Functional Craniology, Human Evolution, and Anatomical Constraints in the Neanderthal Braincase

Part of the Replacement of Neanderthals by Modern Humans Series book series (RNMH)

Abstract

Neanderthals and modern humans share a similar cranial capacity but different neurocranial organization. Recently, digital anatomy and computed morphometrics have generated a revolution in functional craniology, allowing quantitative analyses to investigate integration and correlation among the anatomical elements, both in ontogeny and phylogeny. Despite some derived endocranial traits, Neanderthals display a general plesiomorph organization of the braincase. Geometrical and structural constraints between the endocranial soft and hard tissues may have induced morphogenetic limits to the growth and developmental processes. At the same time, heat production associated with a large cranial capacity and a plesiomorph vascular system may have also involved thermal limits. Although in paleontology morphogenetic and metabolic processes can only be investigated through indirect evidence, such hypotheses merit attention when considering the patterns of brain evolution in the genus Homo. It is tempting to wonder whether these limits may be also related to possible factors associated with the extinction of Neanderthals.

Keywords

Brain evolution Encephalization Neurocranial integration Paleoneurology 

Notes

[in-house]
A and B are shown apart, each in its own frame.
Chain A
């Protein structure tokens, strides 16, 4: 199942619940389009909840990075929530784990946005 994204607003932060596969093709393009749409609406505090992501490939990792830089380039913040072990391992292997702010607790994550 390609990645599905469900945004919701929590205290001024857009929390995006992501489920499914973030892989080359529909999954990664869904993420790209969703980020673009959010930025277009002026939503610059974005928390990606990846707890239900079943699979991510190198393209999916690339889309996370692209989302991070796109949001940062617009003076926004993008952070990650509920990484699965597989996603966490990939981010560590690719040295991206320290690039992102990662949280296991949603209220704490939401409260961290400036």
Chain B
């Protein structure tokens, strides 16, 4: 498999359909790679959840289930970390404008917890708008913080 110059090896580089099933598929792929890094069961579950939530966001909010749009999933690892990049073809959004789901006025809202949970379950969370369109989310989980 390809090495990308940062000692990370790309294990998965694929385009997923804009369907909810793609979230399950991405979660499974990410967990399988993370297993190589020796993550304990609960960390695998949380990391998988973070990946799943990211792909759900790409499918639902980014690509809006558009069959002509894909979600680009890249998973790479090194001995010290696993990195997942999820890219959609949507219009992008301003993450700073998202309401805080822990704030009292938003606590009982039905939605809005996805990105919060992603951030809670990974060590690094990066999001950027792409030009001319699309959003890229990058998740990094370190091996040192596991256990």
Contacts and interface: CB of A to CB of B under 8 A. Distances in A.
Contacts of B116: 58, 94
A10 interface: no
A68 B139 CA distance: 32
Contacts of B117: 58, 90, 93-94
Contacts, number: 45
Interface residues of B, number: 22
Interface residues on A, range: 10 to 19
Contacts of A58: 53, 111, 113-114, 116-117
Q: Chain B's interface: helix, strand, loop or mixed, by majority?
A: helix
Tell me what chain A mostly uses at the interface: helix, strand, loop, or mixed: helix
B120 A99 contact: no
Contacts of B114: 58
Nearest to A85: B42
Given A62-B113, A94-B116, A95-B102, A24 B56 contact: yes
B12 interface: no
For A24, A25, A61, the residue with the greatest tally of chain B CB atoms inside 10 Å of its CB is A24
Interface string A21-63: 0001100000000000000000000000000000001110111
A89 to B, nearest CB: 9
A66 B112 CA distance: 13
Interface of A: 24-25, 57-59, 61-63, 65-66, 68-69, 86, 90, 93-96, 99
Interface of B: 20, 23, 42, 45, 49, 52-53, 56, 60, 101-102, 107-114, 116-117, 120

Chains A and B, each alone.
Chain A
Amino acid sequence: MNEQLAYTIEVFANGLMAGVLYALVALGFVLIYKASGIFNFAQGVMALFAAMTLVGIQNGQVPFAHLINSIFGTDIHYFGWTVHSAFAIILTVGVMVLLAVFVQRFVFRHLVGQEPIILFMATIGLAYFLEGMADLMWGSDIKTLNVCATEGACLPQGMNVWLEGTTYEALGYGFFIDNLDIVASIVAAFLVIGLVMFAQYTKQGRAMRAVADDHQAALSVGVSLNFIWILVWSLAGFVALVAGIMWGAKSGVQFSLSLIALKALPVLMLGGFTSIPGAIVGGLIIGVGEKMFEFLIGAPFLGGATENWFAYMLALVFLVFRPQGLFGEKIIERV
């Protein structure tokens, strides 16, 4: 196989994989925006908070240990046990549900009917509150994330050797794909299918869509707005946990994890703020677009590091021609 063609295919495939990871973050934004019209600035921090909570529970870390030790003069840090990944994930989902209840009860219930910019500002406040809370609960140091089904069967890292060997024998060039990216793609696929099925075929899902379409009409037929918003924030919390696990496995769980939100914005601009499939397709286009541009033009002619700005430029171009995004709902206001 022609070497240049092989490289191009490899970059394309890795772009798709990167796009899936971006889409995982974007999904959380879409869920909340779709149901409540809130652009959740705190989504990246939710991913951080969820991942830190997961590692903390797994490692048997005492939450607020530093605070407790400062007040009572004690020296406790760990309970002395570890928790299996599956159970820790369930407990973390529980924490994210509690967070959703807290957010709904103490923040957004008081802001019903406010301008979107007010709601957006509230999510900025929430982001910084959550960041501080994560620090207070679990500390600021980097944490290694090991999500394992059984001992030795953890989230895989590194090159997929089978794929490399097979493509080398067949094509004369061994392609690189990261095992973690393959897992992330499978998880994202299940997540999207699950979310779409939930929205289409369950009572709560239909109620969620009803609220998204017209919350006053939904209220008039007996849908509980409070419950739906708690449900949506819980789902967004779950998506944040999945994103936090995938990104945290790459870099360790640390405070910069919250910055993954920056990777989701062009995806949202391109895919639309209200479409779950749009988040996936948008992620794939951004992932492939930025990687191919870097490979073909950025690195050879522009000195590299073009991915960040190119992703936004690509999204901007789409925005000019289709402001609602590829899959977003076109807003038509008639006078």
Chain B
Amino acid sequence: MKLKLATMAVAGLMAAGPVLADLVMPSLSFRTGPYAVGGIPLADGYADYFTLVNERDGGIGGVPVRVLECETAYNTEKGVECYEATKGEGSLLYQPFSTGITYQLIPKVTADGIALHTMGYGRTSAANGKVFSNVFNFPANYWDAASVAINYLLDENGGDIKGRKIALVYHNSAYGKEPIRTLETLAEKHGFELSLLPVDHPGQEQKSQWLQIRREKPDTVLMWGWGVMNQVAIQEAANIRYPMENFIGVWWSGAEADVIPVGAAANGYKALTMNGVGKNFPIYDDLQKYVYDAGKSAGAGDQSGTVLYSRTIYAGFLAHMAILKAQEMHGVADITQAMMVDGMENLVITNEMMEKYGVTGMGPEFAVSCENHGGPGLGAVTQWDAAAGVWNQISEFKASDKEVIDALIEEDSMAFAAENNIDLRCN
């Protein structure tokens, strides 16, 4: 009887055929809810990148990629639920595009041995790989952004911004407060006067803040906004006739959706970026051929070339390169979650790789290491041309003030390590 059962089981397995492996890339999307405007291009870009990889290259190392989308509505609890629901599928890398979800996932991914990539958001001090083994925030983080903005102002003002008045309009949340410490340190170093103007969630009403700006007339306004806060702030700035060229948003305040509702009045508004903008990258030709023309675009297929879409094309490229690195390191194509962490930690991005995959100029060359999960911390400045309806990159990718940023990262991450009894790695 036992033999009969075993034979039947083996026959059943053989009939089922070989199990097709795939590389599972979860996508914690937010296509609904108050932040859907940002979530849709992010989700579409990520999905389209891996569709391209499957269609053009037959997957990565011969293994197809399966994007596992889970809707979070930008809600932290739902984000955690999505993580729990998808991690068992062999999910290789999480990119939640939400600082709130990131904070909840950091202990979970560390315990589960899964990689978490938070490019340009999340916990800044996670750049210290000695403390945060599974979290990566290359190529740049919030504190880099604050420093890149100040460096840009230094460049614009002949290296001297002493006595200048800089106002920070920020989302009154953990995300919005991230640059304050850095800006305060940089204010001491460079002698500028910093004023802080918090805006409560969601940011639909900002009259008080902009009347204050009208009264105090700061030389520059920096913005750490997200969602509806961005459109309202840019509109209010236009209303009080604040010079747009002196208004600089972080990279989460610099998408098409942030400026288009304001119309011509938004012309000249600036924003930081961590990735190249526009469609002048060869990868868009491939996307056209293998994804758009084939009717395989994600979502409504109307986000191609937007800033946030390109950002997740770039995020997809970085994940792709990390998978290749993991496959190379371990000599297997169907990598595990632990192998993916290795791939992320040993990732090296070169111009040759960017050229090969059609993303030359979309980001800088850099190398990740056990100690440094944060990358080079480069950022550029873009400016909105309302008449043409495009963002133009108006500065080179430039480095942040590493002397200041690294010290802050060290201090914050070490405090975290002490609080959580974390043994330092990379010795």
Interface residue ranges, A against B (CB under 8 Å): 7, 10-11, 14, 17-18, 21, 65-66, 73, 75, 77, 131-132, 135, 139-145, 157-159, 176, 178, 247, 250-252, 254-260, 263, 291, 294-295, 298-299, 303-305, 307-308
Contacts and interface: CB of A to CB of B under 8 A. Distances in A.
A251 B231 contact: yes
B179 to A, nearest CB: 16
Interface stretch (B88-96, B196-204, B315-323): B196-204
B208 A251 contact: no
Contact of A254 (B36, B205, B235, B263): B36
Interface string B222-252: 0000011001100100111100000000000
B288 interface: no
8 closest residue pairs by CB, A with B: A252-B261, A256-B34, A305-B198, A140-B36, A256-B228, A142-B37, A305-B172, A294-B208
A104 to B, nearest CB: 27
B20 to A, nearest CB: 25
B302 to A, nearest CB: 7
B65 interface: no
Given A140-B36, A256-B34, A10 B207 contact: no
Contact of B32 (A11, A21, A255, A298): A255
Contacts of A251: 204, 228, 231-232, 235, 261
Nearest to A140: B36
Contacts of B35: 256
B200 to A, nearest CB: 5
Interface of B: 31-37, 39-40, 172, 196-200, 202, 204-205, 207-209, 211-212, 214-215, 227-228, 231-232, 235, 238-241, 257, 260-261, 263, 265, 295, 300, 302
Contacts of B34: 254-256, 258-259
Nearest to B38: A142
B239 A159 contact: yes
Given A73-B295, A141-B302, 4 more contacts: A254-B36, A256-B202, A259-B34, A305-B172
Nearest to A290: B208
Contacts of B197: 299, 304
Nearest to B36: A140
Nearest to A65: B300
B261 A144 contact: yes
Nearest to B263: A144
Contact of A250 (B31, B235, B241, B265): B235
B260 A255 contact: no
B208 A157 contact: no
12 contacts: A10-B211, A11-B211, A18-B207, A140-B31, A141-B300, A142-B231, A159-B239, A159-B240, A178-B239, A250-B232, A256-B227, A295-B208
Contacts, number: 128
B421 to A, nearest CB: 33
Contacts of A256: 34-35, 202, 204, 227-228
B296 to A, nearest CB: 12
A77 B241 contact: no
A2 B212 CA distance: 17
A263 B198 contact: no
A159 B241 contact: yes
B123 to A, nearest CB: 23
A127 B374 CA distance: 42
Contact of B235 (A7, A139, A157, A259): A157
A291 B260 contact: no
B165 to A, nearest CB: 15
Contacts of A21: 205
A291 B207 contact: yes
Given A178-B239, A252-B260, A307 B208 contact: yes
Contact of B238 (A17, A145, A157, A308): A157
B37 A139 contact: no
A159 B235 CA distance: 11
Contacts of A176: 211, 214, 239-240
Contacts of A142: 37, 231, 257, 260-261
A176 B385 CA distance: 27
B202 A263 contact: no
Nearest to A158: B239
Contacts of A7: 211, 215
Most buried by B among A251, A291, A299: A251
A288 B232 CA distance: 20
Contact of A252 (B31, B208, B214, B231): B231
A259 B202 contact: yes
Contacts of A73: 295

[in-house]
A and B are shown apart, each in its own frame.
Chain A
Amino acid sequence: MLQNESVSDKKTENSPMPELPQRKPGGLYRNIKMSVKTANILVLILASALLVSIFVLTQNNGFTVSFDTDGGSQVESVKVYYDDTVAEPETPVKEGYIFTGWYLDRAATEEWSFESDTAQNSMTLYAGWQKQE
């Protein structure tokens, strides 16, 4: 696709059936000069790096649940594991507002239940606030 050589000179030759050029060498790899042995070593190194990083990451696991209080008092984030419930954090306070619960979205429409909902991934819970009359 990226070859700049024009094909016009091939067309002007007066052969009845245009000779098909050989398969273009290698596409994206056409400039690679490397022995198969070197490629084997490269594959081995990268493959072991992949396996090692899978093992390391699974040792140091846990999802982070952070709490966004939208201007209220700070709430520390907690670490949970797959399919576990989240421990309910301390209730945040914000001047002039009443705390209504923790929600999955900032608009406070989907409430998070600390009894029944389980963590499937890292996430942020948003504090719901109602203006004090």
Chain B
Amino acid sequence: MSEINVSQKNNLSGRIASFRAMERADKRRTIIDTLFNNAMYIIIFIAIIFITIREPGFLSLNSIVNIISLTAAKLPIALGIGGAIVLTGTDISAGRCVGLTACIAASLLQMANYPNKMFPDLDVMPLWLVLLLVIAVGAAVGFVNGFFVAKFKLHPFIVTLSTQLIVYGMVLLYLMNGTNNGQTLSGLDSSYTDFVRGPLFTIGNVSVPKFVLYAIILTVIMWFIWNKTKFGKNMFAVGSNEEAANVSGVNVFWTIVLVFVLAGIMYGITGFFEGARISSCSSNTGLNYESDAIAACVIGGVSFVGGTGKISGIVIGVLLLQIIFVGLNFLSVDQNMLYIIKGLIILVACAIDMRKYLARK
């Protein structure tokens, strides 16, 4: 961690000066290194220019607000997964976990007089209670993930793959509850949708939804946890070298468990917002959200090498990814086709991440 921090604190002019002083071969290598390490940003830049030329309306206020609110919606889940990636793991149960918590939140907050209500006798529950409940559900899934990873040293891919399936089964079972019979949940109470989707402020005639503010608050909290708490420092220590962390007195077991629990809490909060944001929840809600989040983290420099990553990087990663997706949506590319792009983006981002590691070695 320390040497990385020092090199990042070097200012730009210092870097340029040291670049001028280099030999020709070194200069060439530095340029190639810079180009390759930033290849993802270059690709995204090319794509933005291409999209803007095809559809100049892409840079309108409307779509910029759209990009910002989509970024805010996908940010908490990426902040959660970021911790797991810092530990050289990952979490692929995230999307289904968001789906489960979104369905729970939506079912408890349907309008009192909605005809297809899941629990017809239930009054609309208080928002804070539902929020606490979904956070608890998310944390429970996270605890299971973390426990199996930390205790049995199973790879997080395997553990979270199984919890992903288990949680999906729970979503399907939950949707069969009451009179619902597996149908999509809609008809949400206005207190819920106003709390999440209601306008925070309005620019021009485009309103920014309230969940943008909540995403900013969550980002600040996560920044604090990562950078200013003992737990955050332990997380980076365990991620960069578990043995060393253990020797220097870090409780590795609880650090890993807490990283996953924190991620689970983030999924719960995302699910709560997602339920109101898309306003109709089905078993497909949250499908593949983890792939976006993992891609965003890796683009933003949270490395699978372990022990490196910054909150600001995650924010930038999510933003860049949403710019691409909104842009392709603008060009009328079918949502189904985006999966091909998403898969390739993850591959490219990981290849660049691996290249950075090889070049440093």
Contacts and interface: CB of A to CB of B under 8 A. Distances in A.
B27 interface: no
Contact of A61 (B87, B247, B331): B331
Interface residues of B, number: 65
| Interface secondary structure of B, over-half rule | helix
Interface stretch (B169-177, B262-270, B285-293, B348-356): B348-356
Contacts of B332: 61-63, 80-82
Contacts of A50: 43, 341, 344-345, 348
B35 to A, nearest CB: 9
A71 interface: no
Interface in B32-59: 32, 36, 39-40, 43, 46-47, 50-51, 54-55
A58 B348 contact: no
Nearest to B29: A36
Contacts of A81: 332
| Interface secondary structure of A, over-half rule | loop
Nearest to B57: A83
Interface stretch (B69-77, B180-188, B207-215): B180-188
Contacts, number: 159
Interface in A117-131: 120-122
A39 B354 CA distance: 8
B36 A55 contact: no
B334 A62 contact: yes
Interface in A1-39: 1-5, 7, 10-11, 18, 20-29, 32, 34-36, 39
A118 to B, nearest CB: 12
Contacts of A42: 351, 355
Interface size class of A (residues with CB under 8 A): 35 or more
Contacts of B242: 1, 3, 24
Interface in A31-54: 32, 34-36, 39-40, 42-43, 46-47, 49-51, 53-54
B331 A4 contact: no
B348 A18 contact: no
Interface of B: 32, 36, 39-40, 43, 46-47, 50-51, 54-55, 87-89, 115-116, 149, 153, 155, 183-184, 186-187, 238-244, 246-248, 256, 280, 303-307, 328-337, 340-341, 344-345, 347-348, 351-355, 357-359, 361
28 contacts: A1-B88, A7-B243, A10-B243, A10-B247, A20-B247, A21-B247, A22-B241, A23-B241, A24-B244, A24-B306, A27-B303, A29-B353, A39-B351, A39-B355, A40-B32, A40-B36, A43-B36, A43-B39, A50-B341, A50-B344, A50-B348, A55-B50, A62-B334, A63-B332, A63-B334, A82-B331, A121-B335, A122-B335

Acknowledgements

I am grateful to Naomichi Ogihara for inviting me to join his team on Neanderthal brain evolution, and to Takeru Akazawa for coordinating this project. Thanks to Osamu Kondo, Hideki Amano, Yasushi Kobayashi, Hiroki Tanabe, and Daisuke Kubo, for their contribution and involvement. Thanks to José Manuel de la Cuétara for his collaboration on the study of the endocranial heat dissipation patterns and for his comments on this manuscript, to Giorgio Manzi for his help on the epigenetic traits, and to Shahram Sherkat and Simone Mantini for their participation in the study of the middle meningeal vessels. This paper is supported by the Proyecto Atapuerca (Spain) and by the Italian Institute of Anthropology (Italy).

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Copyright information

© Springer Japan 2014

Authors and Affiliations

  1. 1.Centro Nacional de Investigación sobre la Evolución HumanaBurgosSpain

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